HARARE – SABMiller’s Zimbabwe unit Delta Corporation (Delta) says it is negotiating with government over a possible reduction of excise duty which has taken a toll on the group’s lager beer volumes.
This comes as authorities increased excise duty on lager beer from 40 percent to 45 percent of manufacturer’s price with effect from December last year.
The move has had a negative impact on both volumes and retail pricing.
“As you know excise (duty) is a fundamental piece in our business. If we don’t get it right it affects what we do going into future,” said Delta’s chief executive Pearson Gowero while presenting the group’s financials for the half year to September 2013.
“We are engaging authorities to try to make them to see,” he added.
Gowero said the challenges created by the excise duty increase, particularly on beer retail price, still remain, almost a year down the line.
During the period under review, lager volumes slumped 10 percent as gross revenue sales yielded $164 million as a result of soft consumer demand occasioned by liquidity and affordability constraints despite premium brands contribution chipping in to mitigate the impact of this volume loss on revenue.
The Zimbabwe Stock Exchange-listed beverage maker’s revenue went up five percent to $315 million spurred by rising sorghum beer and non-alcoholic beverages sales, which made up for a decline in lager beer volumes.
Sorghum beer volumes increased by eight percent and posted gross sales growth of 24 percent to $76 million largely driven by the successful introduction of the premium Chibuku Super brand.
Gowero said the company is planning to construct an $8 million line for its Chibuku Super brand as the company looks set to maintain its dominance on the local market.
Sparkling beverages contributed $110 million in gross sales whilst volumes increased by eight percent on the back of strong brands, improved availability and packaging innovations in the Pet range.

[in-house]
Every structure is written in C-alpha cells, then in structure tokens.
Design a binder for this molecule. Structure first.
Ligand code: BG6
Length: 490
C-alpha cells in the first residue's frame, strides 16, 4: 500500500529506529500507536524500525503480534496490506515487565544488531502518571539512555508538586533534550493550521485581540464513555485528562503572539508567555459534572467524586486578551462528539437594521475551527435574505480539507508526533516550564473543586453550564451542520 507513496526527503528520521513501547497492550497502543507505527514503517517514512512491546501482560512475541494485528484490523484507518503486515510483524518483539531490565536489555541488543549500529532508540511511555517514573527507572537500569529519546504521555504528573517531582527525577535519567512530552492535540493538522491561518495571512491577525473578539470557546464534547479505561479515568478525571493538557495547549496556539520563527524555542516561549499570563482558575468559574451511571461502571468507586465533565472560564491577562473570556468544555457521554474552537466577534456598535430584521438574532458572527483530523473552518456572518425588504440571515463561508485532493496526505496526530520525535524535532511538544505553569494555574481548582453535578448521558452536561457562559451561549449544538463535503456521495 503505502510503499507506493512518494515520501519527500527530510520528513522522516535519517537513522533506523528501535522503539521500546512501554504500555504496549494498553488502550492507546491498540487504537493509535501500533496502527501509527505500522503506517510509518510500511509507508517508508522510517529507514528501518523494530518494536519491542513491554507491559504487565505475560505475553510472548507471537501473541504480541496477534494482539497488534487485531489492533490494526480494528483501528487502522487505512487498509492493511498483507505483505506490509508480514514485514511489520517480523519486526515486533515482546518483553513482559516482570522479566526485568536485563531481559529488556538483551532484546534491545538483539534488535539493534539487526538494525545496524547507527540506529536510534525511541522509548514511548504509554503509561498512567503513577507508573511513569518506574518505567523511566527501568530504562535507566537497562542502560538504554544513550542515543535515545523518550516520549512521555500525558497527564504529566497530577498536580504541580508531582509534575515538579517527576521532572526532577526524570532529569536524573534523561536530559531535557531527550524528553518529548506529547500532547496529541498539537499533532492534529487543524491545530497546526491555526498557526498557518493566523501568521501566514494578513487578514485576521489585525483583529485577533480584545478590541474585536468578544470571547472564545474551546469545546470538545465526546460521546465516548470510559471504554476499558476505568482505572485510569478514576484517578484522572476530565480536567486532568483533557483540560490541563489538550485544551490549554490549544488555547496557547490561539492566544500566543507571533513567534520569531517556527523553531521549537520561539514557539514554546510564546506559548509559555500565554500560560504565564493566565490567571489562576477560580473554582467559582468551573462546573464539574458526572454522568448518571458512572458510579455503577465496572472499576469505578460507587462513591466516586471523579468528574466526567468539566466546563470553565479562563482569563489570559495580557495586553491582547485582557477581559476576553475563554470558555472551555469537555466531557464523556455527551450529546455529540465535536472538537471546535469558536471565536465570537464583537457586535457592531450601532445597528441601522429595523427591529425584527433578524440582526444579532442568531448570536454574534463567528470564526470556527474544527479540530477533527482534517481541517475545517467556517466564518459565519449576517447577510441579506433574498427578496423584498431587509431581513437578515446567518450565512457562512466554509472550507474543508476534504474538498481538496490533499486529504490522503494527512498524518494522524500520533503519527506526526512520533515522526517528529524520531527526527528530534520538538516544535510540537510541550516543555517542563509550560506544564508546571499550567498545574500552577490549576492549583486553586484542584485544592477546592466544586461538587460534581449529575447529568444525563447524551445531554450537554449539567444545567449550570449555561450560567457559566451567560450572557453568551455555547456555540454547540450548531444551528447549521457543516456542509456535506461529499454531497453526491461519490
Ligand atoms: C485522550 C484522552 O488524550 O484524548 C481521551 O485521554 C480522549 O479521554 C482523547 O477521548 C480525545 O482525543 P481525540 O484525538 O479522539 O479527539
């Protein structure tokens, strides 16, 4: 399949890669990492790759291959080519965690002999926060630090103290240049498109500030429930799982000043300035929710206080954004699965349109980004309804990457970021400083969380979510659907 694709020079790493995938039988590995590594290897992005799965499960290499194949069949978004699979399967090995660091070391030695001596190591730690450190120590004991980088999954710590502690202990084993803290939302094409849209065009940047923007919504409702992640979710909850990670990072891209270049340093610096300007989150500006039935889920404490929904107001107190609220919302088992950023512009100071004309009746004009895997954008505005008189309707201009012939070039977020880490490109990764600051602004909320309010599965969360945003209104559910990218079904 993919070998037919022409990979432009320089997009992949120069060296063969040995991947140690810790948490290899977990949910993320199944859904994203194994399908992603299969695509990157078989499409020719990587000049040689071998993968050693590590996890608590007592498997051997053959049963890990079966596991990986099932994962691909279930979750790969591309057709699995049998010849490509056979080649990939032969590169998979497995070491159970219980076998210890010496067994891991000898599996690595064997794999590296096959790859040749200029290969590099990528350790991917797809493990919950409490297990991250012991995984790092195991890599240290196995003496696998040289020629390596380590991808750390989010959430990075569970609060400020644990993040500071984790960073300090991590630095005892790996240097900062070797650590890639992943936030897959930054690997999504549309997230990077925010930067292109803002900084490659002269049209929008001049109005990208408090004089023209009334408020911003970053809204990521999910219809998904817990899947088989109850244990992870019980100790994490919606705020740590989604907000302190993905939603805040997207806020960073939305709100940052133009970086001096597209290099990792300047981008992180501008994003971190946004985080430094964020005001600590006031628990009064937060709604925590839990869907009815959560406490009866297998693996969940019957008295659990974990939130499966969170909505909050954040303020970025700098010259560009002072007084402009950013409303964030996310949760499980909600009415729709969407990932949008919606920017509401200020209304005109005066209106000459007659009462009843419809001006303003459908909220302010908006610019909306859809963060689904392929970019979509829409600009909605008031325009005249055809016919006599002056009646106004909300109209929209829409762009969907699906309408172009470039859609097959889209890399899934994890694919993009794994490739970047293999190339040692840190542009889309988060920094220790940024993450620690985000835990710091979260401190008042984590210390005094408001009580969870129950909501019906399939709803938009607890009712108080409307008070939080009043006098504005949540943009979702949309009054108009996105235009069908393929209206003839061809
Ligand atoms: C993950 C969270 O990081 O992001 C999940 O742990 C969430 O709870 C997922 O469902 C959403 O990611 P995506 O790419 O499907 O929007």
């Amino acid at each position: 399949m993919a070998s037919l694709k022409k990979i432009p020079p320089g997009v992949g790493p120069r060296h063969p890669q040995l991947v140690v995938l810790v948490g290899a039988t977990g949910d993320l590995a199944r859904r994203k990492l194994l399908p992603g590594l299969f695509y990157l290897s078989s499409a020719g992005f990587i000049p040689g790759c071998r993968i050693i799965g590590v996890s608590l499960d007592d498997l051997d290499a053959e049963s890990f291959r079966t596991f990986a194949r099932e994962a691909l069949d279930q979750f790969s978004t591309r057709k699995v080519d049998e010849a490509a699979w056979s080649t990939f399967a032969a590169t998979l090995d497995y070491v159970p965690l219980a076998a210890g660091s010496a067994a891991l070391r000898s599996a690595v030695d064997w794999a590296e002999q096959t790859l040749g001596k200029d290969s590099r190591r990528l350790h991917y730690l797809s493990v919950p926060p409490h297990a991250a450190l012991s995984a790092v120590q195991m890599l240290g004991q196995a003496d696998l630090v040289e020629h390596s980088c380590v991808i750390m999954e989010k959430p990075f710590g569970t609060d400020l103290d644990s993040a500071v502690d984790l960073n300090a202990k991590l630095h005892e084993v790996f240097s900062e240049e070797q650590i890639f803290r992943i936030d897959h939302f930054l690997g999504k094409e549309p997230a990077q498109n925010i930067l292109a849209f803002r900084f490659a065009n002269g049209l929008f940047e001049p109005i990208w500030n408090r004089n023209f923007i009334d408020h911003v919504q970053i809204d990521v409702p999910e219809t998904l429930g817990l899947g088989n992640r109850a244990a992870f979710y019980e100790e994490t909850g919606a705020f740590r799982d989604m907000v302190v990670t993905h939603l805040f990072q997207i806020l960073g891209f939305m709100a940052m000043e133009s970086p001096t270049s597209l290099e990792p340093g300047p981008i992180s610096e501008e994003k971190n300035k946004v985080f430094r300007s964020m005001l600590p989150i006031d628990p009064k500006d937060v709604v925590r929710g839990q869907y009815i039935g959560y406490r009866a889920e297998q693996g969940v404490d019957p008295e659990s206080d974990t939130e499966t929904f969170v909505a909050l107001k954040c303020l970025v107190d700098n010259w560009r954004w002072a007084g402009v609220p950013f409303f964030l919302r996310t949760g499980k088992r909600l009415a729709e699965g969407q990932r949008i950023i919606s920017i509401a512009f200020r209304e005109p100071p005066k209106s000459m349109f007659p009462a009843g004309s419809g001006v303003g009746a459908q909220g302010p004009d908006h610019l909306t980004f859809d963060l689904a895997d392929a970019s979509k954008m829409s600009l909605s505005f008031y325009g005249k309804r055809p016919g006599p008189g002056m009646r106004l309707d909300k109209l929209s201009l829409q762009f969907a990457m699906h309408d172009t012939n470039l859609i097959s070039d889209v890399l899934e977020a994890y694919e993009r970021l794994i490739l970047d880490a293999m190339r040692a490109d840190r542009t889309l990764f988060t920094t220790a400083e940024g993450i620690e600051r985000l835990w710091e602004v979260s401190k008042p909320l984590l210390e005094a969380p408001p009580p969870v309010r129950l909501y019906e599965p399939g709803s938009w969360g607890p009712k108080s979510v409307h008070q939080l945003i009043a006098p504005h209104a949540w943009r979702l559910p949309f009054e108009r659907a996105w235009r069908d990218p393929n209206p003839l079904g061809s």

Earnings per share rose to 3,83 cents in the six months to end-September, up from 3,50 cents.
After-tax profit increased 12 percent to $47,2 million during the period under review as cash generated from operations increased by $5,8 million over prior year to $73,4 million.
Working capital went up on prior year largely on increased barley funding and cereals stock holding while capital expenditure was $28,4 million aimed at improving and expanding operations.
Gowero said the group will remain focused on maximising on products through improved availability, packaging innovations, a favourable mix and maintaining operating margins through productivity enhancement and cost control.
A total of $16 million will be paid out after the group declared a $1,30 per share interim dividend.
DELTA Corporation has defended its recent beer price increase arguing it needed to realise real value from its products and improve margins.
Last month, the brewer hiked the wholesale price of 375ml brown bottle beer to $0, 90 from $0,80 while 340ml green bottles went up by $0,20 to $1.
“The real reason (behind the price increase) is that we were just leaving money on the table.
“We are the guys with the infrastructure, we invested in the business and the consumers were actually just paying off the middlemen to make all the profit,” said chief executive Pearson Gowero.
“Really, what we did when we increased the prices, was to make sure we get a fair share of the value that we had created,” he said, adding that “so you find that even after the price increase, the consumer has not actually felt anything.”
Gowero noted that the $1 per pint price was the “sweet spot” as it had a psychological edge of being the fair retail price.
The price increase was on the back of government’s decision in the 2013 National Budget to review excise duty upwards from 40 percent to 45 percent to boost revenue inflows.